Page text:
add the milk and bring to a simmer. Stir and allow the gravy to thicken. If it seems it isn't going to thicken enough, mix corn starch in cold milk(should be fairly thin). Add that to the gravy and stir. I have never had lumps in any of my gravies.
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Old 12-02-2008, 04:02 PM   #6
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Ditto on the sausage gravy method posted twice. I didn't realize you were talking sausage gravy and not any gravy.
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Old 12-02-2008, 04:55 PM   #7
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Pacanis.. I don't think she was talking about sausage gravy. I just offered it up. It is possible that she maybe looking for more of a meatless gravy? In that case, I really don't have a clue... I could make the gravy, but flavor would be a whole other issue.
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Old 12-02-2008, 05:06 PM   #8
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I was thinking with two posts on sausage gravy, plus the OP did mention biscuits and gravy, with is usually associated with sausage gravy.... I'm thinking they did want a sausage gravy recipe.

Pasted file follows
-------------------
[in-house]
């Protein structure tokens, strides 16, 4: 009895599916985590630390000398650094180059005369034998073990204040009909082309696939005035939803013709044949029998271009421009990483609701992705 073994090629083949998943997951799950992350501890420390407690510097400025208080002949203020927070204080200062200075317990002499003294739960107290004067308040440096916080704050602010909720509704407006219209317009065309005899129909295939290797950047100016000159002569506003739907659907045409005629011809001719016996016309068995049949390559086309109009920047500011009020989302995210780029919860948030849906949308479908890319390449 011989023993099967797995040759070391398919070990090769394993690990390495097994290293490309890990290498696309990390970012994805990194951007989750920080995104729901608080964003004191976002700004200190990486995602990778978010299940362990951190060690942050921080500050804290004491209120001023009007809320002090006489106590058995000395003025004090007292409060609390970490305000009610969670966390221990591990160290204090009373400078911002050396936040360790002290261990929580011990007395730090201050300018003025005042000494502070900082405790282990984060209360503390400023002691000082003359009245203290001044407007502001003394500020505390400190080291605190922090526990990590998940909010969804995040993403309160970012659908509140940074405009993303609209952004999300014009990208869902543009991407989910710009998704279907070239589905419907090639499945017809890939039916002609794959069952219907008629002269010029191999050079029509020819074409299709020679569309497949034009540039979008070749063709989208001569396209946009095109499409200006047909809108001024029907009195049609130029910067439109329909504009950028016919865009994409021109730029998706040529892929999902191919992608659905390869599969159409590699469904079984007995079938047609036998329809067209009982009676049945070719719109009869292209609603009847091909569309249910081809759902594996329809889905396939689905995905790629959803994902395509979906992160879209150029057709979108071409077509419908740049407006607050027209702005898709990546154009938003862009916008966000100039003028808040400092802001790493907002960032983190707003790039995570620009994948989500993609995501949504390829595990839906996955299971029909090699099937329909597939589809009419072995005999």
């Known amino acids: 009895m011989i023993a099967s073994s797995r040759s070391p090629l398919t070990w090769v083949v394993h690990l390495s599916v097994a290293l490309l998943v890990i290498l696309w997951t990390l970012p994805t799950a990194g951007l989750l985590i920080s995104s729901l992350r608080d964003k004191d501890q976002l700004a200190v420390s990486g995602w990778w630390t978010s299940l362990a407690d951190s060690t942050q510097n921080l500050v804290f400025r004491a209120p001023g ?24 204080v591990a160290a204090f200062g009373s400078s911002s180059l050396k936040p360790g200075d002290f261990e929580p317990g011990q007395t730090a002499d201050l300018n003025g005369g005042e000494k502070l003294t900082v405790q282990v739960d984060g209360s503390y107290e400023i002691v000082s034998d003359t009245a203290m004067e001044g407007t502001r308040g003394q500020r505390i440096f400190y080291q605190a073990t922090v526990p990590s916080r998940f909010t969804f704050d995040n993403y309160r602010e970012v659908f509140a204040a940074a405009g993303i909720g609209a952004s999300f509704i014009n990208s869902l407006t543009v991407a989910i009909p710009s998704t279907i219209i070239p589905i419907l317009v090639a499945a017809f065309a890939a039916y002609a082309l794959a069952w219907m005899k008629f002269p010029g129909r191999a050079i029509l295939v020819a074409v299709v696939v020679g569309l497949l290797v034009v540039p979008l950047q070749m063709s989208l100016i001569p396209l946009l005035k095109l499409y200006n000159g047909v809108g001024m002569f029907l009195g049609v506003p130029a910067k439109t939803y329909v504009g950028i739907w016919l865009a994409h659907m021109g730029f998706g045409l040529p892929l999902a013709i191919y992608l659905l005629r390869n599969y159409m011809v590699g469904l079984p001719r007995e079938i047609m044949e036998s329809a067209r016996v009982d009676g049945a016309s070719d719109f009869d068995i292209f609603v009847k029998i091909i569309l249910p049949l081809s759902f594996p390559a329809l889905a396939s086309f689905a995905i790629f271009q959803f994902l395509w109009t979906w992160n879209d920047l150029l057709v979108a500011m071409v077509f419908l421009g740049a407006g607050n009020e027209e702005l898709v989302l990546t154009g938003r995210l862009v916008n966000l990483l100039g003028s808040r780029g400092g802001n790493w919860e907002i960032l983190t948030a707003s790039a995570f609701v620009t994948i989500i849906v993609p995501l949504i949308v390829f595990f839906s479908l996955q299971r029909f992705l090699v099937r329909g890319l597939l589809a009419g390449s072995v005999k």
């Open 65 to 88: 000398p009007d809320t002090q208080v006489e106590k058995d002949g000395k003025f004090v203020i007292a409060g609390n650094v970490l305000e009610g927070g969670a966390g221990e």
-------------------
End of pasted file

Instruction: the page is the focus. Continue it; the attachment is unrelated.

Someone had a good pic on here one time, I think they mixed half hot and half breakfast sausage. It made a reddish gravy and looked like it would have a kick to it. I can't remember who that was now, but I don't think they post anymore. It looked like it would be great sausage gravy.

Anyway.....
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Old 12-02-2008, 05:18 PM   #9
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My grandma taught me the old elbow grease way of making biscuits. I'll condense it and just tell you that for fluffier biscuits I sprinkle the flour on the dough not the board, then use my fingers only to slightly flatten it. Then I use an old jelly glass or tin cup as a cutter. Using your fingers instead of a rolling pin leaves pockets of air in the dough and a duller cutter, like a cup or glass that has more rounded edges, doesn't seal the sides like a sharp cutter will do, allowing for more air.

With gravy, the cardinal rule to avoiding lumps is hot and cold. When you add the flour to your drippings you should whisk it over heat. After it's piping hot you add your cold liquid while continuing to whisk. Don't bring back to a boil. Remove from heat source when you see the steam or when you've reached the desired color.

I use an electric stove top because I don't have a gas range (maybe Santa will remember this year) so what may be a minute over flame may take 3-5 on the burner.
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Old 12-02-2008, 06:09 PM   #10
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I am looking for any kind of gravy not just one kind. I appreciate all the diffrent ideas. I can try them all see how they work and if I can even make them right. Thanks again